|Publication number||US7963508 B1|
|Application number||US 12/455,238|
|Publication date||Jun 21, 2011|
|Priority date||Jun 1, 2009|
|Publication number||12455238, 455238, US 7963508 B1, US 7963508B1, US-B1-7963508, US7963508 B1, US7963508B1|
|Inventors||Thomas R. McGuffin|
|Original Assignee||Mcguffin Thomas R|
|Export Citation||BiBTeX, EndNote, RefMan|
|Patent Citations (21), Referenced by (3), Classifications (11), Legal Events (3)|
|External Links: USPTO, USPTO Assignment, Espacenet|
1. Field of the Invention
The present invention relates generally to aeration devices and, more particularly, is concerned with an aerator for digesting sludge.
2. Description of the Prior Art
Aerators have been described in the prior art, however, none of the prior art devices disclose the unique features of the present invention.
In U.S. Pat. No. 7,267,328 dated Sep. 11, 2007, Witheridge disclosed an aerator for wastewater ponds using airlift pumps. In U.S. Pat. No. 5,755,976 dated May 26, 1998, Kortmann disclosed a pneumatic bubble aeration reactor and method of using same. In U.S. Patent Application Publication 2001/0013666 dated Aug. 16, 2001, Nomura, et al., disclosed a gas/liquid mixing device. In U.S. Pat. No. 4,707,308 dated Nov. 17, 1987, Ryall disclosed an apparatus for circulating water. In U.S. Patent Application Publication 2008/0017574 dated Jan. 24, 2008, Lenger, et al., disclosed a device for in situ bioremediation of liquid waste.
While these aerators may be suitable for the purposes for which they were designed, they would not be as suitable for the purposes of the present invention as hereinafter described.
The present invention discloses a method and apparatus for aerating liquid which comprises an aeration chamber having an inlet port at its lower end an outlet port at its upper end wherein the chamber is divided into multiple internal chambers using a plurality of internal divider walls. The chamber is weighted with a base member so that it will not float. Air is inlet at its upper end through an air inlet hole into an upper air manifold wherein the air then travels downwardly through an air feed pipe to a plurality of air outlet holes wherein the air is released and rises thereby causing a flow of material through the inlet ports upwardly along the internal divider walls and aeration chamber and then out of the chamber at its upper outlet port so that the stream of liquid containing the solid material is directed onto a series of stationary concentric ridges wherein the solids in the liquid material are forcefully impacted against the stationary concentric ridges so as to break the solid particles up into smaller particles.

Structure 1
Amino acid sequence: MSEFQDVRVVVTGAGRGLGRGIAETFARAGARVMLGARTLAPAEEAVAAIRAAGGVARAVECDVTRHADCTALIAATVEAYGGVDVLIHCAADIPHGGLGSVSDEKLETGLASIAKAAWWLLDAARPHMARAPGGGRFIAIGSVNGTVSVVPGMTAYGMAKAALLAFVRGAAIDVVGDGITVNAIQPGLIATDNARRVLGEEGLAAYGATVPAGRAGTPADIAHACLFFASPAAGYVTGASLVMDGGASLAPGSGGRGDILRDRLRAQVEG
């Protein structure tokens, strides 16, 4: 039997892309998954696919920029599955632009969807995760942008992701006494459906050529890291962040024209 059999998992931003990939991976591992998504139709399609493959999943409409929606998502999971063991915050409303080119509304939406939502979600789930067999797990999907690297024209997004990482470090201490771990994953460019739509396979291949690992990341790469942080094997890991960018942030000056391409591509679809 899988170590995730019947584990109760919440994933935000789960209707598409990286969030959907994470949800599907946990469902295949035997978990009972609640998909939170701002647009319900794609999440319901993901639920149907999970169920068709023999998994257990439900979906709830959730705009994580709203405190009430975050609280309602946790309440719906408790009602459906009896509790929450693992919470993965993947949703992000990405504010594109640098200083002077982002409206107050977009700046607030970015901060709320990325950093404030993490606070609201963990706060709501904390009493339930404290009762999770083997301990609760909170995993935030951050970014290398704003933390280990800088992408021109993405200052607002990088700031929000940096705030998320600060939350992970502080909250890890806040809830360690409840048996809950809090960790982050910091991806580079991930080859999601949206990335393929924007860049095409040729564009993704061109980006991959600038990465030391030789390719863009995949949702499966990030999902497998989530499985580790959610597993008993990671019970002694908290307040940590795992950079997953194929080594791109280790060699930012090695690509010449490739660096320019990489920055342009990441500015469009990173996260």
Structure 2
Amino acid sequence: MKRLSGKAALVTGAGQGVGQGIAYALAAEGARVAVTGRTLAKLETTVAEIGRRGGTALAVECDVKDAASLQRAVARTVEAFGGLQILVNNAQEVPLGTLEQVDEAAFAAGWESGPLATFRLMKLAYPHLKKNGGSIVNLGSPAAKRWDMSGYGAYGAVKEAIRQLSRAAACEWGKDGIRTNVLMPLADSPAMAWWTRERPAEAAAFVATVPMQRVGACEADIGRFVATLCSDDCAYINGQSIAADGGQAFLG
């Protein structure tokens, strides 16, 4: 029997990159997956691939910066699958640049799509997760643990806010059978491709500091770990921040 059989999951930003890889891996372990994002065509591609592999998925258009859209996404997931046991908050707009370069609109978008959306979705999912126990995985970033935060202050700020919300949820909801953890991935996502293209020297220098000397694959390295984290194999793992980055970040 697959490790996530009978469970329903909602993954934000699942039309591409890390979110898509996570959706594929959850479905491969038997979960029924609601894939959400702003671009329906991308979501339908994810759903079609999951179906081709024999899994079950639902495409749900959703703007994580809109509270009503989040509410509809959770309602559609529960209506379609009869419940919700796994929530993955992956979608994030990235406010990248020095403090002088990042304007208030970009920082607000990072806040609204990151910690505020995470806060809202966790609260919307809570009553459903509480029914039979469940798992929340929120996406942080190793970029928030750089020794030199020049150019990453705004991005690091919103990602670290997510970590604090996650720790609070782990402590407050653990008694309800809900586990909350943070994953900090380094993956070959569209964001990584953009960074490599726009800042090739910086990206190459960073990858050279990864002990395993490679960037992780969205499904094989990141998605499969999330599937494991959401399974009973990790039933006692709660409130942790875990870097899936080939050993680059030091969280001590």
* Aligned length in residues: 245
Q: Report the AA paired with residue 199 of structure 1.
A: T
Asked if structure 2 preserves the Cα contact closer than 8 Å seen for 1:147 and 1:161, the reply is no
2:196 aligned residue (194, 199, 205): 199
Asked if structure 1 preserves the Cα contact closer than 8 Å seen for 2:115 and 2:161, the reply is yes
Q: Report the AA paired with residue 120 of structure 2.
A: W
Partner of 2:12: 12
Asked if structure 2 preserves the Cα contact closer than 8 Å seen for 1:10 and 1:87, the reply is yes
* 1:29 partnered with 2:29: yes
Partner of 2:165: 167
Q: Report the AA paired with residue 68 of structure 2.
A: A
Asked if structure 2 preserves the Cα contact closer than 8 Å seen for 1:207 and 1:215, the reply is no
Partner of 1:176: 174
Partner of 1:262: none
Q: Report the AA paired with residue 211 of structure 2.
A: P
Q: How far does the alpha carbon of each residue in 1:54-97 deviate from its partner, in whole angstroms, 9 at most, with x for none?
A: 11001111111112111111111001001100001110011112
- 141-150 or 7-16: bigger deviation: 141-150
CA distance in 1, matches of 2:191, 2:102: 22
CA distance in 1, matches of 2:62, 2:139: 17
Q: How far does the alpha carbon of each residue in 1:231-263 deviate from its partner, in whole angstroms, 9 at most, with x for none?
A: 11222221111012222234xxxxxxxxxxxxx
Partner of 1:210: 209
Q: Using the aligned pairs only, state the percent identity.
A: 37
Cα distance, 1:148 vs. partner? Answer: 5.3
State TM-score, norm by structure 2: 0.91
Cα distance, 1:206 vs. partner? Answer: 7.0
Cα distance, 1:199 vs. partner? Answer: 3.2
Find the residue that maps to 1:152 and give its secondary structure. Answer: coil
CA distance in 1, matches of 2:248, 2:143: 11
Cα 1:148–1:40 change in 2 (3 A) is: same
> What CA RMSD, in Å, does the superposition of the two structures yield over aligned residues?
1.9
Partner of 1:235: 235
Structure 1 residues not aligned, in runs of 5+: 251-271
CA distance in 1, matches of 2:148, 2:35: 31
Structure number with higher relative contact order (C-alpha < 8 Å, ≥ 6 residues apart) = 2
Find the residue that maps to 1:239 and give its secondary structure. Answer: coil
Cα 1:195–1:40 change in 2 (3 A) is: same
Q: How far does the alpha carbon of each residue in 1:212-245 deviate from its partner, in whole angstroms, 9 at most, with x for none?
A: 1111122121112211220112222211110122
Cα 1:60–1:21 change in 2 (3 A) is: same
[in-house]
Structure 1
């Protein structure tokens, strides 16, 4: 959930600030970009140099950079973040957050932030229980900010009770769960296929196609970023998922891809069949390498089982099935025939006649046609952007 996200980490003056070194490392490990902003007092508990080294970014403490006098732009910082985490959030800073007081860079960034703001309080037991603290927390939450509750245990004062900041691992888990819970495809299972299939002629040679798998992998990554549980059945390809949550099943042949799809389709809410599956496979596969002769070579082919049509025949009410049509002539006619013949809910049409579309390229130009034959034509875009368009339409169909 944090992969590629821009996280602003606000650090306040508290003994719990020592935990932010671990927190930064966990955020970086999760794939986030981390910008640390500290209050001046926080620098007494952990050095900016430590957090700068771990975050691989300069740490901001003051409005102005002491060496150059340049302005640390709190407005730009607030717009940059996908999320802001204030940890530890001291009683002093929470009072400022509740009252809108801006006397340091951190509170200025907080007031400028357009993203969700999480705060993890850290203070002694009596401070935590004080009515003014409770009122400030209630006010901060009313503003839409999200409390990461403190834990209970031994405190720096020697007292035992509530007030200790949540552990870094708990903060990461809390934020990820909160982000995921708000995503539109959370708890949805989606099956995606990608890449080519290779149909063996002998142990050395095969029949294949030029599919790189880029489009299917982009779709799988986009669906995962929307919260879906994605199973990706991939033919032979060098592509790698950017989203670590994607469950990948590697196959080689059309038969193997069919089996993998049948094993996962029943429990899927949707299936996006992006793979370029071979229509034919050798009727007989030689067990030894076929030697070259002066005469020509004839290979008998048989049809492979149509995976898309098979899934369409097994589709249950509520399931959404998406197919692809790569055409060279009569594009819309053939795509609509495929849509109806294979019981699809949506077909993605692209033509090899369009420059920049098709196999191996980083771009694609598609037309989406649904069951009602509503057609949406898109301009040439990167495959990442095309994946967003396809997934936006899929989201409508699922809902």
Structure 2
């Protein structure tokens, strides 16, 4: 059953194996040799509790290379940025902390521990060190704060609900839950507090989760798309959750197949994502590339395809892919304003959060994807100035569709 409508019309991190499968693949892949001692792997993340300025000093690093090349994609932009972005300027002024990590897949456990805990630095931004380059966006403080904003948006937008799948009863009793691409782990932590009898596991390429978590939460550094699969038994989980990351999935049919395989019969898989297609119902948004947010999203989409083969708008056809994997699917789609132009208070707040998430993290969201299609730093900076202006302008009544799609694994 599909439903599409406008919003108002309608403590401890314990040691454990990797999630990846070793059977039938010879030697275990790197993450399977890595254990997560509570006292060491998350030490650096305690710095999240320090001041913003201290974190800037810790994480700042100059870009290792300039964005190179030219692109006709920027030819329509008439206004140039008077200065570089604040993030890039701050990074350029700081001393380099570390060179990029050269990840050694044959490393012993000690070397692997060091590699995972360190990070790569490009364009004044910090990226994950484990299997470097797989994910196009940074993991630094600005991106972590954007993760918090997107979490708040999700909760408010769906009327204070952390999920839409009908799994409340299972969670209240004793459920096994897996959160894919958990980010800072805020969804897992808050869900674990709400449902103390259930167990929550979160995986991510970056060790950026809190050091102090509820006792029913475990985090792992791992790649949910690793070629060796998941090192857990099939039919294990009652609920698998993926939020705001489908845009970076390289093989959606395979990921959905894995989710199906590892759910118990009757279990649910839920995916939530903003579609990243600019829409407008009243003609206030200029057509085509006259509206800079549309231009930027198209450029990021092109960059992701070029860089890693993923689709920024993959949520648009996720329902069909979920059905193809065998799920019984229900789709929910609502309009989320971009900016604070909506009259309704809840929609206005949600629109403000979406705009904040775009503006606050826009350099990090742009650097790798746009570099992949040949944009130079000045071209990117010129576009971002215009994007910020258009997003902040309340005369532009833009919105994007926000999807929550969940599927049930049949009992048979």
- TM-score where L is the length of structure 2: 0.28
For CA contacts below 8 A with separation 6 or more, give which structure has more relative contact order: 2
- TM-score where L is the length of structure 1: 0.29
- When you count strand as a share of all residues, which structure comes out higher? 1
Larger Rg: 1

An object of the present invention is to aerate and break up solid particles in a liquid containing high solids content typical of sewage type waste. A further object of the present invention is to aerate the liquids contained in a sewage lift station. A further object of the present invention is to improve the efficiency of sludge digestion over devices which are currently available on the market so that the operation and maintenance costs of the devices can be reduced. A further object of the present invention is to provide an aerator which can be easily and simply operated by an operator. A further object of the present invention is to provide an aerator which can be simply and relatively inexpensively manufactured. A further object of the present invention is to facilitate the nitrification process. Nitrification is the oxidation of ammonia to a nitrite and then a nitrate, i.e. ammonia (NH3) converts to a nitrite (NO2) which in turn converts to a Nitrate (NO3). A further object of the present invention is to remove deadly hydrogen sulfide gas (H2S) and other VOC'S (volatile organic compounds) without the use of chemicals. A further object of the present invention is to remove most heavy metals which occur naturally in water.
The foregoing and other objects and advantages will appear from the description to follow. In the description reference is made to the accompanying drawings, which form a part hereof, and in which is shown by way of illustration specific embodiments in which the invention may be practiced. These embodiments will be described in sufficient detail to enable those skilled in the art to practice the invention, and it is to be understood that other embodiments may be utilized and that structural changes may be made without departing from the scope of the invention. In the accompanying drawings, like reference characters designate the same or similar parts throughout the several views.